Advancing the Rights of Sex Trade Survivors: Pushing for Partial Decriminalization and Enhanced Exit Services

Admin | 2023. May 24. - 02:41

Introduction: Sex trade survivors are increasingly advocating for partial decriminalization and improved exit services. Audrey Morrissey, co-executive director of My Life My Choice, passionately addressed the State House on Tuesday, urging support for Black and brown women of color trapped in the commercial sex industry. As a survivor herself, Morrissey highlighted the challenges faced by individuals attempting to leave the sex trade, emphasizing the lack of employment opportunities and adequate housing as major obstacles. Without a clear pathway out, many survivors end up returning to the life they desperately want to escape.

A Coalition of Advocates Support Legislative Changes: Morrissey joined a coalition of advocates who convened at the State House to voice their support for legislation presented by a group of Democrats. The proposed laws aim to prevent the criminalization of individuals involved in buying and selling sex, while also seeking to repeal statutes related to common streetwalking, nightwalking, sex for a fee, and solicitation for prostituted persons. Multiple bills addressing sex work were discussed during the hearing, including one from Rep. Lindsay Sabadosa, which advocates for the decriminalization of most sex work and the expungement of records related to cannabis and prostitution.

Balancing Views on Sex Work: While some advocates express concerns that Sabadosa's bill may be too far-reaching for a society that still holds conservative attitudes towards sex work, they look to an alternative bill supported by Morrissey. The latter bill, filed by Reps. Mary Keefe, Tricia Farley-Bouvier, and Sen. Cindy Friedman, takes a more conservative approach. In addition to partial decriminalization, this legislation proposes an income-based fine for purchasing sex and the establishment of a committee dedicated to enhancing support and exit options for individuals who have been prostituted. Furthermore, the bill advocates for the expungement of past criminal charges related to prostitution, common nightwalking, and streetwalking.

Addressing Historical Exploitation and Establishing Pathways to Exit: Farley-Bouvier highlights the bill's significance in countering the historical exploitation ingrained within the United States' sex trade. By decriminalizing prostituted individuals and providing them with opportunities to exit the trade, the legislation takes a small step towards rectifying the nation's troubling past. Friedman asserts that existing laws fail to acknowledge the needs of those forced into the sex trade due to trafficking, coercion, manipulation, or economic desperation. The Arlington Democrat emphasizes the necessity for a comprehensive and nuanced approach to sex work and prostitution that prioritizes survivor protection, enhances opportunities for at-risk populations, and breaks the cycle of intergenerational poverty and exploitation.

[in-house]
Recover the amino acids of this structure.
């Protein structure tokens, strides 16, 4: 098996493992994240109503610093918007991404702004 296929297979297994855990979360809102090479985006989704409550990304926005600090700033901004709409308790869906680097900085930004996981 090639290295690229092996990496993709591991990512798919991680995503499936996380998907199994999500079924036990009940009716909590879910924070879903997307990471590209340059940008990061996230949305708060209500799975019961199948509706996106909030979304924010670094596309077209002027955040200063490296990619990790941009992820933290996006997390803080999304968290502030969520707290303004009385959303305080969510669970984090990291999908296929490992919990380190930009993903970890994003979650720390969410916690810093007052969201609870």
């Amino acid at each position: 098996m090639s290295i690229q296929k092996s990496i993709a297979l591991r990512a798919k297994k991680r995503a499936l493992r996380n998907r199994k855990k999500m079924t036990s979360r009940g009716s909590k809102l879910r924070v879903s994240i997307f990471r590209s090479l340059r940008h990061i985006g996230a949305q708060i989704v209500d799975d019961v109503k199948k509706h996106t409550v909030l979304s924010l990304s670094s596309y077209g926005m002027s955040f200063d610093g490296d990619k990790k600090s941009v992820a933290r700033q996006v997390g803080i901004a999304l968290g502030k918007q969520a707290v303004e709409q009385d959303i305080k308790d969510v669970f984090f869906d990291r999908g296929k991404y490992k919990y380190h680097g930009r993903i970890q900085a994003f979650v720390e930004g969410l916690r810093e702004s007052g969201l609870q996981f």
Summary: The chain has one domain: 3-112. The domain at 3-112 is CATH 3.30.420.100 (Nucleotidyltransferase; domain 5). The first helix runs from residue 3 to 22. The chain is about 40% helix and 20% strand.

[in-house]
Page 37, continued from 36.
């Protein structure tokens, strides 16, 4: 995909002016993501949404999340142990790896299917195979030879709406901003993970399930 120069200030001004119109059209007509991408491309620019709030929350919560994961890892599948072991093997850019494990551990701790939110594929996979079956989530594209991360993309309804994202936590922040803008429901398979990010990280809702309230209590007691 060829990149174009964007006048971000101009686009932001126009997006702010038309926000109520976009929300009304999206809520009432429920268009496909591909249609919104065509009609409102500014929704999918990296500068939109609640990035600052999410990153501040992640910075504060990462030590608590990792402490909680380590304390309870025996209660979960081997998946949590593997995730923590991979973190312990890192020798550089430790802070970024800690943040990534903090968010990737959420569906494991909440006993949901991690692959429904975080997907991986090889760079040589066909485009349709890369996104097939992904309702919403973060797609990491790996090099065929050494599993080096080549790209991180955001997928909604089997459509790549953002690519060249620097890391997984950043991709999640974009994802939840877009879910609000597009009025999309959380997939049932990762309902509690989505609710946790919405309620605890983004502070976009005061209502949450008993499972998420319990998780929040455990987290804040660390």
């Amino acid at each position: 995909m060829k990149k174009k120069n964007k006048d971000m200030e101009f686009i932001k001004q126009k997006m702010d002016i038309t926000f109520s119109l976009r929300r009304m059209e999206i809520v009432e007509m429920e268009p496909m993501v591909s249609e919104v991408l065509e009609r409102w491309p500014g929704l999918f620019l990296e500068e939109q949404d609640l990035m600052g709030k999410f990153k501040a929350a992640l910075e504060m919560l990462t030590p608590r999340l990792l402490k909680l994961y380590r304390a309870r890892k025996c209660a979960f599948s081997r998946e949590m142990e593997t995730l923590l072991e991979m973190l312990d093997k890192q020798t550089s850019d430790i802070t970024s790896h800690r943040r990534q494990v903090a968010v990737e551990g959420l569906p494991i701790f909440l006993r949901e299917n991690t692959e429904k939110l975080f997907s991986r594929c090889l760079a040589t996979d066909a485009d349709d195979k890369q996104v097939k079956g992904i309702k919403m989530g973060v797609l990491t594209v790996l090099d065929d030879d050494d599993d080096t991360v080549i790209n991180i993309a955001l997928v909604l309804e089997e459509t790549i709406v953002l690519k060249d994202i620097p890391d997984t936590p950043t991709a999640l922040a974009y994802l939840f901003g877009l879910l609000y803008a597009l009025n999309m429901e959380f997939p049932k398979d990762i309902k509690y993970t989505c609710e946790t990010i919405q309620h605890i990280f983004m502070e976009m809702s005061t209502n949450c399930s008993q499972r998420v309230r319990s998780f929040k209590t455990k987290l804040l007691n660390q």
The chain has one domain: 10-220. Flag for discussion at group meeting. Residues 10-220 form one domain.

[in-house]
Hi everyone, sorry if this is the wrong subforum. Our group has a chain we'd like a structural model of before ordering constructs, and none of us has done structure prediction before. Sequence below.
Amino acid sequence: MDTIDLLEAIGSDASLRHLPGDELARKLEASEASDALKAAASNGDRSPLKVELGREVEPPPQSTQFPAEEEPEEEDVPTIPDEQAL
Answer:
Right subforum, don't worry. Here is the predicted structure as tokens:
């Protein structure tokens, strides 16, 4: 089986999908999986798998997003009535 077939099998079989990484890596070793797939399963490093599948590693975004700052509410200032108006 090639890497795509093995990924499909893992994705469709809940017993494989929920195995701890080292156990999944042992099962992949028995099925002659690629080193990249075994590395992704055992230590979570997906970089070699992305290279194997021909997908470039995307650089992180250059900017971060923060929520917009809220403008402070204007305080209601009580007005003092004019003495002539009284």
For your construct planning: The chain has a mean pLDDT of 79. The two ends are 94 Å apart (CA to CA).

The Urgent Need for Exit Services: Morrissey emphasizes the vital role of robust support systems in preventing young individuals from falling into the sex trade. Reflecting on her own experience, she states that with the presence of exit services during her teenage years, she might have been able to leave the industry much earlier. Expunging criminal records and offering alternative pathways to a better life are essential components of supporting survivors. Morrissey passionately asserts the importance of creating a path for individuals to live, rather than merely survive, emphasizing the necessity of providing comprehensive exit services.

Conclusion: Sex trade survivors and advocates are actively fighting for partial decriminalization and improved exit services for individuals involved in the industry. Legislation proposed by a group of Democrats aims to prevent the criminalization of those bought and sold for sex while repealing laws related to common streetwalking, nightwalking, sex for a fee, and solicitation for prostituted persons. These efforts, supported by a coalition of advocates, seek to provide survivors with a pathway out of the sex trade, while also addressing historical exploitation and the needs of individuals coerced into the trade through trafficking, coercion, manipulation, or economic desperation. By adopting a comprehensive and nuanced approach, policymakers can protect survivors, offer greater access to opportunities for vulnerable populations, and break the cycle of poverty and exploitation.

It is crucial to recognize that the sex trade has deep roots in the history of the United States, characterized by the buying and selling of humans. By embracing partial decriminalization and implementing effective exit services, the proposed legislation acknowledges this troubling history and takes steps toward rectifying the injustices suffered by those involved in the industry.

The testimonies of survivors like Audrey Morrissey highlight the urgent need for comprehensive exit services. Many individuals, especially young girls, find themselves trapped in the sex trade due to a lack of viable alternatives. Expunging criminal records and providing support systems can empower survivors to reclaim their lives and forge a new path forward.

In conclusion, the movement toward partial decriminalization of the sex trade, combined with enhanced exit services, represents a significant step in the right direction. By focusing on survivor empowerment, breaking the cycle of exploitation, and providing opportunities for a better future, society can strive to create a more just and compassionate environment for those impacted by the commercial sex industry.